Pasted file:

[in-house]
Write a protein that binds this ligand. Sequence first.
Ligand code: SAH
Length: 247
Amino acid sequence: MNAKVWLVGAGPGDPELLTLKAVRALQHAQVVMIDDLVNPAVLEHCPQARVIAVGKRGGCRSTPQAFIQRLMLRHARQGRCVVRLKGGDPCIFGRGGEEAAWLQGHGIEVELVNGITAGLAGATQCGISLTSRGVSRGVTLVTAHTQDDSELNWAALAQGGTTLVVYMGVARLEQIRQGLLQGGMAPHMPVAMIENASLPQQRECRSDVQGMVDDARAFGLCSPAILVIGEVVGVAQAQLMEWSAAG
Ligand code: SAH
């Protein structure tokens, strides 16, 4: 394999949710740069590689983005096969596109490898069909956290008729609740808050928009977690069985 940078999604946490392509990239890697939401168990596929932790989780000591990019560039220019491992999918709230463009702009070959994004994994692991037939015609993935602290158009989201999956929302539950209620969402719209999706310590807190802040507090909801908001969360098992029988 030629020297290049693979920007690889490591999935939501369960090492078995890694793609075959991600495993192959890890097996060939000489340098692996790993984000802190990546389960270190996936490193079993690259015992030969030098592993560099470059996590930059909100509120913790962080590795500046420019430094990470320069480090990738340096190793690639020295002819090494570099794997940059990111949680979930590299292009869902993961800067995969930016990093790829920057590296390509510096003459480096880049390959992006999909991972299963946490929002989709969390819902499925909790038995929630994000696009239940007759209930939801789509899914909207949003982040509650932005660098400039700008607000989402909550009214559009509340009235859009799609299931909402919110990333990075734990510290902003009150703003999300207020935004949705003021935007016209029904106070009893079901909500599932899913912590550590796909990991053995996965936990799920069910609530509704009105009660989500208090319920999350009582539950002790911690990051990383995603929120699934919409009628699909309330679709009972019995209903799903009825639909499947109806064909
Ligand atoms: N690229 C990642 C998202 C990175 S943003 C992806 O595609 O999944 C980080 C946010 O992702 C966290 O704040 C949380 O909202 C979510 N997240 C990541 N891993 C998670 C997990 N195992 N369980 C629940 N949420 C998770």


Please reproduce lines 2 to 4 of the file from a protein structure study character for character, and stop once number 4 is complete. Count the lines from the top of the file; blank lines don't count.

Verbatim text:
Write a protein that binds this ligand. Sequence first.
Ligand code: SAH
Length: 247